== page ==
The Colombian Navy Shares Lessons with Honduras
By Kay Valle/Diálogo January 06, 2019
The training strengthens the Honduran Naval Force’s operational readiness.
Units of the Honduran Naval Force benefited from a three-month training course from two Colombian Navy officers. Lieutenant Andrés Bayona Parra and Colombian Marine Corps First Sergeant Jorge Mario Valencia Taborda shared their knowledge with Honduran students at the Naval Training Center (CAN, in Spanish) of the Puerto Castilla Naval Base, in the Bay of Trujillo, Honduras, September 11-December 7, 2018.
The training, carried out as part of the Maritime Cooperation Agreement between Colombia and Honduras, seeks to increase Honduran service members’ capabilities in riverine and maritime operations. The courses also strengthened the bonds of friendship between both institutions.
The objective is to “train officers, noncommissioned officers, and troops in planning, conducting, and executing special operations,” Honduran Naval Force Lieutenant Alfonzo Bonilla García, director of CAN, told Diálogo. “[It’s] to raise their professional levels in the tactical and technical fields, in leading special troops, while using the art and science of combat.”
More than 200 students—officers and noncommissioned officers—took part in the training on topics such as intelligence, command, and sea and land operations. The training was divided into five theoretical and practical courses and one seminar, with almost 200 hours in total.
The Honduran units developed naval intelligence and counterintelligence capabilities, seeking to learn the processes for search, analysis, and information dissemination. The course also helped identify strategic, operational, and tactical levels in naval operations throughout the country.
The Marine Platoons course sought to help officers verify their troops’ training and capabilities to conduct naval operations. According to Lt. Bayona, students learned to consider factors such as mission, enemy, time, terrain, available troops, operational environment, and civil population. The objective, he told Diálogo, was to “carry out good planning and thereby complete the mission assigned by the leadership.”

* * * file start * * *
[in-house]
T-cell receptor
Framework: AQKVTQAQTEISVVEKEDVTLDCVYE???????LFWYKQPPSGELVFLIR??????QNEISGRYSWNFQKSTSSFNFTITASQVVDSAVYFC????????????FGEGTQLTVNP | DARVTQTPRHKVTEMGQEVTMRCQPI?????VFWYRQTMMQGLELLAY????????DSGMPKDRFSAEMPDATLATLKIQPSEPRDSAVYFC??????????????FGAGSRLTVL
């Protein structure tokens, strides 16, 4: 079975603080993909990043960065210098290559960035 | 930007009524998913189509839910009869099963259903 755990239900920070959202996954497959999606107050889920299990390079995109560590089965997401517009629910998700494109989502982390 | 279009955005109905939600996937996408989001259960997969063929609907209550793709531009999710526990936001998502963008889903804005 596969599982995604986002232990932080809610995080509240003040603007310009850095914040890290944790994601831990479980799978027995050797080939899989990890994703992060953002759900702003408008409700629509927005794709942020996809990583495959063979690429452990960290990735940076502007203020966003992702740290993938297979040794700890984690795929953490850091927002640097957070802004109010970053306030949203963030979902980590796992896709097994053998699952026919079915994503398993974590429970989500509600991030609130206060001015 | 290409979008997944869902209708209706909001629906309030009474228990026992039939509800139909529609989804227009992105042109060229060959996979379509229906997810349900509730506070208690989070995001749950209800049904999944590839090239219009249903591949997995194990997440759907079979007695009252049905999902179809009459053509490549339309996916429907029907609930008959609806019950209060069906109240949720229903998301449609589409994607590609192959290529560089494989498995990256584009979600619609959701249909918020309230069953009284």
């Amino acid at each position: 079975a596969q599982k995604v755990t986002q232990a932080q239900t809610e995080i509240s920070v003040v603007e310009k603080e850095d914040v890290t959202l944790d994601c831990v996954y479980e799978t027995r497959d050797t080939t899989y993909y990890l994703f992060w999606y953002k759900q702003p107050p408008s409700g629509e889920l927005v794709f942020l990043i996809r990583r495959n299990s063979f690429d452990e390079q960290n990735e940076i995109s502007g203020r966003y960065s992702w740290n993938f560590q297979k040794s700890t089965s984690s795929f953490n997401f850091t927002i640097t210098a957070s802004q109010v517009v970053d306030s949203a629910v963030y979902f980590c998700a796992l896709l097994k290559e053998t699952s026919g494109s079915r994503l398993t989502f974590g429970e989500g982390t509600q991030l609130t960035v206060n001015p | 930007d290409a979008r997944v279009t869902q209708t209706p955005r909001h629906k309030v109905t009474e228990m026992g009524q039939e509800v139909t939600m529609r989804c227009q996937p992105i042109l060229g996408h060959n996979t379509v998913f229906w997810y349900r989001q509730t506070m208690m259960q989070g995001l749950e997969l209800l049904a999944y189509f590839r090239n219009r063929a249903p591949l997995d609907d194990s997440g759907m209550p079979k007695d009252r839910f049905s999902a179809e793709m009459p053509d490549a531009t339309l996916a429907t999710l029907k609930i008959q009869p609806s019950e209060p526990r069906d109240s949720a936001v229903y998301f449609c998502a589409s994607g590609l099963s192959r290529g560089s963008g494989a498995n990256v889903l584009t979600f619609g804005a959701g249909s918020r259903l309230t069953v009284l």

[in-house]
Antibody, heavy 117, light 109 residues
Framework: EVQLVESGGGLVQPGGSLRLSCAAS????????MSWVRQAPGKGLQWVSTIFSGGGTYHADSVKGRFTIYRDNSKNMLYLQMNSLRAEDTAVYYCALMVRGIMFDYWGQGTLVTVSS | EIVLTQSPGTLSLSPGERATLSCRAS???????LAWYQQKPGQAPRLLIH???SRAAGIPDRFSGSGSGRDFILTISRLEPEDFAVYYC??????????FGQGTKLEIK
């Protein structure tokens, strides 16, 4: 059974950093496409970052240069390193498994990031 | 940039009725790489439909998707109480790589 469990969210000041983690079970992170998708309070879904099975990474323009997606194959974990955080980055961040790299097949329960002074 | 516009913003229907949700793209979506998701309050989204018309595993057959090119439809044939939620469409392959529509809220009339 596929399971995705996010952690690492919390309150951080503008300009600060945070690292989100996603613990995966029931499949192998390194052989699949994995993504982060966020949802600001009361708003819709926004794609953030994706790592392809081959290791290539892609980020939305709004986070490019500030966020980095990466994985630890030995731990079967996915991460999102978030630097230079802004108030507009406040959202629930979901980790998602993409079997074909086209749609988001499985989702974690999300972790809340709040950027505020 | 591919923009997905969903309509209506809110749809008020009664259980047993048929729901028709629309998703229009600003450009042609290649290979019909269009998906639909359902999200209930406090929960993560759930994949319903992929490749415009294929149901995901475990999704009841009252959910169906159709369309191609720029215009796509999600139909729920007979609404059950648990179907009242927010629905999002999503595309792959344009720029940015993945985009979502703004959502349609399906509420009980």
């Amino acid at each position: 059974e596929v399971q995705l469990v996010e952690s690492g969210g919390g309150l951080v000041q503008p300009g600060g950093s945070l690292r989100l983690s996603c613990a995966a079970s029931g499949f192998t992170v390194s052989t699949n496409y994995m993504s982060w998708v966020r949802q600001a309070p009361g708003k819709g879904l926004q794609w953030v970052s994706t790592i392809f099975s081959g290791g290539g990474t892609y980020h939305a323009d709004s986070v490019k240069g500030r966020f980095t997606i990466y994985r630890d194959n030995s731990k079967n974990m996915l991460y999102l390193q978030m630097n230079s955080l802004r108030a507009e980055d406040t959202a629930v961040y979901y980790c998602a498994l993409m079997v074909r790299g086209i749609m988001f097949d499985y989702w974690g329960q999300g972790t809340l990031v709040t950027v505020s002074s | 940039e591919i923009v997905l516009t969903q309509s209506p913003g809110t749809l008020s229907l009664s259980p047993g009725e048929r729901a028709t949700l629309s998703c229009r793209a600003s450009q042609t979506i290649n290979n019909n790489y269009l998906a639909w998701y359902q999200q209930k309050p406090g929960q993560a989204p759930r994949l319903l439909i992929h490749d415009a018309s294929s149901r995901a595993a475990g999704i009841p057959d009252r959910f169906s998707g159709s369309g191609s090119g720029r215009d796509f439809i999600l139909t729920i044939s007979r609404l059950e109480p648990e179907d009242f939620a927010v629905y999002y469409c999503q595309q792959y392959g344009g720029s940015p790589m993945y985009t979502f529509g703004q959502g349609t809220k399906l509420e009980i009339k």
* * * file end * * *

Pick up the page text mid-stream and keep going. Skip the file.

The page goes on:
The Urban Operations course taught the necessary tactics to operate in densely populated areas with obstacles, such as homes, businesses, or vehicles, and identify the required courses of action while taking people’s safety into account. Another course focused on jungle operations, where Honduran officers learned to develop offensive and defensive procedures against the enemy.
With the knowledge shared, the officers “can counter all those national and transnational threats, such as narcotrafficking, migrant trafficking, human trafficking, arms trafficking, and smuggling, among others,” said Lt. Bayona. “[They can also fight] the [networks] that use maritime, riverine, and coastal areas for transport. These areas are the Naval Force’s responsibility, and the networks affect the country’s maritime interests.”
Empowering the Naval Force
According to Honduran Naval Force Captain José Domingo Meza, director of the Honduran Armed Forces’ Public Affairs, the Colombian Navy training improves the preparation of the Naval Force. “Colombia has extensive experience in lake, land, and riverine environments, so receiving training from their experts will strengthen the [Honduran] Armed Forces considerably.”
Colombia’s support helps promote information exchange between the two nations, Capt. Meza added. Likewise, he said, the support strengthens binational relations to confront narcotrafficking and related crimes in the region together.
Lt. Bayona stressed the good disposition of the Honduran service members. “They are young, intelligent, and disciplined, eager to be better day by day,” he said. “[They have] innovative ideas to maintain and improve the Honduran Naval Force to project a naval power that can protect and guarantee the country’s maritime, riverine, and coastal interests.”
This is the second time the Colombian Navy teaches the same set of courses to Honduran officers. CAN received Colombian instructors in 2016 for the first time. For 2019, CAN requested a few courses, basic and advanced, in riverine operations and riverine gunner training, among others, that will be taught at the Colombian Marine Corps’ School of Riverine Combat.
“Scenarios are different [in Colombia],” Lt. Bonilla said. “That’s why I recommended that we get certified as instructors to create a course that would adapt to logistics means, scenarios, and types of conflict occurring here.”